How to Protect Yourself From Falling as You Age

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Supreme Court Justice Ruth Bader Ginsburg left the hospital Friday after falling and breaking three ribs, getting right back to work.

It wasn't the first time the 85-year-old had fractured ribs in a fall, and she's not alone. Falling down is a curse of aging as the average person over 65 takes a tumble at least once a year, according to the U.S. Centers for Disease Control and Prevention.  

A frightening 227 falls were recorded over three years inside an assisted living facility. They surveyed that 24 percent of them fell just walking, while 12 percent were simply trying to sit down.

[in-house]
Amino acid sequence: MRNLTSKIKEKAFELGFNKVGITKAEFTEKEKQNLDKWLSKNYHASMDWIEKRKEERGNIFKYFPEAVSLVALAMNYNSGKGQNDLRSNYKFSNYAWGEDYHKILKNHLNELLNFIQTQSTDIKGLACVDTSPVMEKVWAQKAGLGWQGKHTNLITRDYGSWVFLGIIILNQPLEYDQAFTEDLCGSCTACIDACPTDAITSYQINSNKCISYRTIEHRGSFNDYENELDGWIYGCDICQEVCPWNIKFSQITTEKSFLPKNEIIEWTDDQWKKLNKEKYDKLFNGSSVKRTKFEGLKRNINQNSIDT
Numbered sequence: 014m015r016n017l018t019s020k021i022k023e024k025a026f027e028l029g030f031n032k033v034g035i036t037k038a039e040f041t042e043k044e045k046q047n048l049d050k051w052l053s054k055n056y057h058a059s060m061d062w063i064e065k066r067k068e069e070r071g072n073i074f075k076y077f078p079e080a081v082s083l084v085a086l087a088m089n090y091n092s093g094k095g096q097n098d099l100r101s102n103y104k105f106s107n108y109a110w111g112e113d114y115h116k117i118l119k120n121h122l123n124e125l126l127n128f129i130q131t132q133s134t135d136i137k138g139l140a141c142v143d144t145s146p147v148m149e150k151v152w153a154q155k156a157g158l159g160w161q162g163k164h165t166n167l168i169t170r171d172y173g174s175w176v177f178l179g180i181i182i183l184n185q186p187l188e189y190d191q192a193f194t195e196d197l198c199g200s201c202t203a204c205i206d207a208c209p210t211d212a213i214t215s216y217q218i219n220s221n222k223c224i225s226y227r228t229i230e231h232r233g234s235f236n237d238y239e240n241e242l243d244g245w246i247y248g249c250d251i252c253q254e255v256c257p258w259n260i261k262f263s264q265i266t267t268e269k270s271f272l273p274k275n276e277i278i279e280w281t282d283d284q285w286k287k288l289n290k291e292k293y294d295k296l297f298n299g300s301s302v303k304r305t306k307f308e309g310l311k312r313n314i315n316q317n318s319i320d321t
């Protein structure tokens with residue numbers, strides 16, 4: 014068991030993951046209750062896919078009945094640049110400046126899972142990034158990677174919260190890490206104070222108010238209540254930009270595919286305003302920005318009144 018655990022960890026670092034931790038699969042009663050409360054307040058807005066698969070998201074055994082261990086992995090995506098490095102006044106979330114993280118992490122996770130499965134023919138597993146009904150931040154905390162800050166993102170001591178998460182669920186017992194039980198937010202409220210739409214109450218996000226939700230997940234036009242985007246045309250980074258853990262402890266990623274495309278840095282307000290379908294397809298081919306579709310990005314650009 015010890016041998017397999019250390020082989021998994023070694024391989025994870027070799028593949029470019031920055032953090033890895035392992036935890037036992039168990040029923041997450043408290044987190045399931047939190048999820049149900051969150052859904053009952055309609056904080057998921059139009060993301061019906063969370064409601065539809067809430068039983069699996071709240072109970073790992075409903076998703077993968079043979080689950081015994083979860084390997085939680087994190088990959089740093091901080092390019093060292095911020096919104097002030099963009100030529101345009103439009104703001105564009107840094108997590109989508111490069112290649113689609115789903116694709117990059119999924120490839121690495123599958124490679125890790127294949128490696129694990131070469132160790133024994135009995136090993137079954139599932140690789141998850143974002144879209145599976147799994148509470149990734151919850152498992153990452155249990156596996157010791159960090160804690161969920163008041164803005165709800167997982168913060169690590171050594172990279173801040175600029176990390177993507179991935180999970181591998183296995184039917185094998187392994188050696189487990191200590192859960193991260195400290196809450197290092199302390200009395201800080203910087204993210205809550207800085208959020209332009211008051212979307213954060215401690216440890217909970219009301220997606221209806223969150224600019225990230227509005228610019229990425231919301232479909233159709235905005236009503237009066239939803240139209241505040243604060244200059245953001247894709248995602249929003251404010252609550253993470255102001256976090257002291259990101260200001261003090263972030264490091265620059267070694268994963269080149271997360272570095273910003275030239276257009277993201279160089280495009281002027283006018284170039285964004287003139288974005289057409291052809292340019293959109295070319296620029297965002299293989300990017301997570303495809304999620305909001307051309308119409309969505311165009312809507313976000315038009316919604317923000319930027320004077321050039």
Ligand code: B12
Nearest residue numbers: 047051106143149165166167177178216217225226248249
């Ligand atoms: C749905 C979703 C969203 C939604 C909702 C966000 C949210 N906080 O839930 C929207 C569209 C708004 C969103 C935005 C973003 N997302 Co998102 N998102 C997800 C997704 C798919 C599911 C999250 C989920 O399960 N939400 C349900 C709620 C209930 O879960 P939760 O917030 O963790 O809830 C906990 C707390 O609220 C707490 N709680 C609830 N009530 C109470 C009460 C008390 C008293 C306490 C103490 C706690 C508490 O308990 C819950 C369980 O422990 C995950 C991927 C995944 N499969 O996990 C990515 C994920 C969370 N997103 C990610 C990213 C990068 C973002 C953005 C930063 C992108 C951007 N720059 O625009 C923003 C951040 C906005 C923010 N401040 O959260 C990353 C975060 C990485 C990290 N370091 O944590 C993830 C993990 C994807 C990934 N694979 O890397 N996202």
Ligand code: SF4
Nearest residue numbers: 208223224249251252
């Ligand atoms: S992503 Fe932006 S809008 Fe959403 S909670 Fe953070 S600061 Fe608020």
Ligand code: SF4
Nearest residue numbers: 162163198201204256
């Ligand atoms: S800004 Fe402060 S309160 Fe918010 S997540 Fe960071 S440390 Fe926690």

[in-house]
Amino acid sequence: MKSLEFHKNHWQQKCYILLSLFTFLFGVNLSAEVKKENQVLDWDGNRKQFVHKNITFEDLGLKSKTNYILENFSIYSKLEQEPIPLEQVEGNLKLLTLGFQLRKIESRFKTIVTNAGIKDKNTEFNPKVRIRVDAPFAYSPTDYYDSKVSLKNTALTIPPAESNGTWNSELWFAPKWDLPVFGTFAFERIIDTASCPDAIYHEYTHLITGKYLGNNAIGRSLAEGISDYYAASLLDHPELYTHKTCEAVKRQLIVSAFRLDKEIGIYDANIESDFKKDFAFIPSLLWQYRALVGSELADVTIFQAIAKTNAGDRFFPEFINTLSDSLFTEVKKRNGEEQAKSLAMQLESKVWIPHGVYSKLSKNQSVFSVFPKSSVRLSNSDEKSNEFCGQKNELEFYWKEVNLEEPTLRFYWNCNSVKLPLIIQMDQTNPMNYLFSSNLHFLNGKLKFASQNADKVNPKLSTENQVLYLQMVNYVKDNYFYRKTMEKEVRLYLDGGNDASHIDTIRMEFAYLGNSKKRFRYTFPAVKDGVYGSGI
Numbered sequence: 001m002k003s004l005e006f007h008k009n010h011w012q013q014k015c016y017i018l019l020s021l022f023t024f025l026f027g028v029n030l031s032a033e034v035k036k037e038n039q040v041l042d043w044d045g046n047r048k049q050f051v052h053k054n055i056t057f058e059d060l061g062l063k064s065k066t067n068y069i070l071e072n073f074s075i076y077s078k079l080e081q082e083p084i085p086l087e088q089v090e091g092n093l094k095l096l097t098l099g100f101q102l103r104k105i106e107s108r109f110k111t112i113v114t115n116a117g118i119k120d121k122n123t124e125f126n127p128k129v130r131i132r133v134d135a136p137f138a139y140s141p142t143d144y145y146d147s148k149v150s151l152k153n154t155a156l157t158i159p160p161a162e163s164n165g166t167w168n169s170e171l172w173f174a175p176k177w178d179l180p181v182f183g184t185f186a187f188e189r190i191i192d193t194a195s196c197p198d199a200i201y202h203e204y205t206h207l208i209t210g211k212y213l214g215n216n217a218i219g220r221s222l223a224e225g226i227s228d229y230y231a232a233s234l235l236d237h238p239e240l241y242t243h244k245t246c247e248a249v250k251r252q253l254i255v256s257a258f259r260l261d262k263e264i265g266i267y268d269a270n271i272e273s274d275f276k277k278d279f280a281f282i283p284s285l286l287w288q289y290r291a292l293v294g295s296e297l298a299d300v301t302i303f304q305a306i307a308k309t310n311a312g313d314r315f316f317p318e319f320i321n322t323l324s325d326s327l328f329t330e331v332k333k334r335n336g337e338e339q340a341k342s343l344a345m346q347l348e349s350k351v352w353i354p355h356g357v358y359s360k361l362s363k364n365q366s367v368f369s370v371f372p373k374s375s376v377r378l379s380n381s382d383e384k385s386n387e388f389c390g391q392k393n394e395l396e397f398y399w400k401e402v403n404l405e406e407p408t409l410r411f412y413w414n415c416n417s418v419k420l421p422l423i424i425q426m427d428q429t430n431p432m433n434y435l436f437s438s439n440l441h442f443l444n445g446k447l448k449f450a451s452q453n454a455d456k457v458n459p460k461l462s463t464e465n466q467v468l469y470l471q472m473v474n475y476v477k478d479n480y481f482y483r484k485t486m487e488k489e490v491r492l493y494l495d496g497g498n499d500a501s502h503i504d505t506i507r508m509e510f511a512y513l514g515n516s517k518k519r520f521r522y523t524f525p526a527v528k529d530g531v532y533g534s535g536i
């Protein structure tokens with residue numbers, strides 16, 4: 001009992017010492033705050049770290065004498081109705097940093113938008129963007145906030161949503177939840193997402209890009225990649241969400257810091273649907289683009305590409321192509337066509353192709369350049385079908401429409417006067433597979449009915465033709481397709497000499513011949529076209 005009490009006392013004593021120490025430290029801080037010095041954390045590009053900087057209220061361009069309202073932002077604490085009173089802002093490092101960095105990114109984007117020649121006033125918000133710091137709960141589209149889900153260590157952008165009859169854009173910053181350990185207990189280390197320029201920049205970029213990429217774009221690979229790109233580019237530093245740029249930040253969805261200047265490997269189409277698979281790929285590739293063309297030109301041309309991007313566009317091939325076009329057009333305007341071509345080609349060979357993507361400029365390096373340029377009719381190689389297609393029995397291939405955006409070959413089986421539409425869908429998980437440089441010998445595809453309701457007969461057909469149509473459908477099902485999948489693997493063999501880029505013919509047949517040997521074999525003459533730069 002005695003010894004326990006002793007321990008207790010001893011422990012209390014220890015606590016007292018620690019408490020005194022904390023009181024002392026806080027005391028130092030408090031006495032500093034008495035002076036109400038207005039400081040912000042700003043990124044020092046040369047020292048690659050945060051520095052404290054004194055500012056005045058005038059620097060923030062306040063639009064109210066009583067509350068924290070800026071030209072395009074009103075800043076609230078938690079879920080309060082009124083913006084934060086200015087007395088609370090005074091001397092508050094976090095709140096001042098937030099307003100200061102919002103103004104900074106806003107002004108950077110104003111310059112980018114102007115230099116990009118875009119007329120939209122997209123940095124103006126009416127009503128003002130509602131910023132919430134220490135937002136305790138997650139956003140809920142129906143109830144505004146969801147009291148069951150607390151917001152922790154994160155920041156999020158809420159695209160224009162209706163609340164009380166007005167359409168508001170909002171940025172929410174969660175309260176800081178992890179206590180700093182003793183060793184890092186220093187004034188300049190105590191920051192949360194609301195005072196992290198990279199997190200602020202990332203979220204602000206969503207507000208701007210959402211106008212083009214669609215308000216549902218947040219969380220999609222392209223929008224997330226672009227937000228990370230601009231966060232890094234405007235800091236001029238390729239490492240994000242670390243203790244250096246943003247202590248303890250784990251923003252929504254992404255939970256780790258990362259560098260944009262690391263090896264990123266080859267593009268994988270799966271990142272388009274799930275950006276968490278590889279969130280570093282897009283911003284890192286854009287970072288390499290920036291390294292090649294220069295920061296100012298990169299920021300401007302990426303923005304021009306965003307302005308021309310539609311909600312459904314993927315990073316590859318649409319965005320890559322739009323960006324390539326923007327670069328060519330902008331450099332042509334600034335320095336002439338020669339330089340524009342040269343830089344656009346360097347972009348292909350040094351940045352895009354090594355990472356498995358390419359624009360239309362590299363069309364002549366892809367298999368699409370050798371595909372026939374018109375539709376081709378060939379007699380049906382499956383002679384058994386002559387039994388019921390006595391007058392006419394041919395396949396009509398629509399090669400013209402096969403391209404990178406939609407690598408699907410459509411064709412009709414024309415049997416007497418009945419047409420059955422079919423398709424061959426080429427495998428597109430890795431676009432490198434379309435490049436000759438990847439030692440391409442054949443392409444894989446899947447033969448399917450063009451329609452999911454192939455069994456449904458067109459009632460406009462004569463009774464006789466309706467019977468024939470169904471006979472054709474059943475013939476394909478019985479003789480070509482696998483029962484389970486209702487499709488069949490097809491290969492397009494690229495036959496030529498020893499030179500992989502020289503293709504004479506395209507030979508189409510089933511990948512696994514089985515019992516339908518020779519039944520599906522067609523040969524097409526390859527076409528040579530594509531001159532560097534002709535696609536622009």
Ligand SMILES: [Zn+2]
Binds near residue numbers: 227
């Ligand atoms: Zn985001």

At a Veterans Affairs hospital in Tampa, Florida, Tommy McNeil teaches how to fall safely. He told Inside Edition that when we're young, we instinctively reach out to stop a fall with our hands, but as our bones weaken with age, it's better to drop and roll. 

“As you're falling you want to try to lower your center of gravity. You don't want to reach out to stop yourself with your hands or knees,” he said. 

Should you fall, take your time getting up because you could be more hurt than you realize. Slowly move to your hands and knees, make sure you are not dizzy, and then crawl toward a support that will not slide from under you, like a chair.


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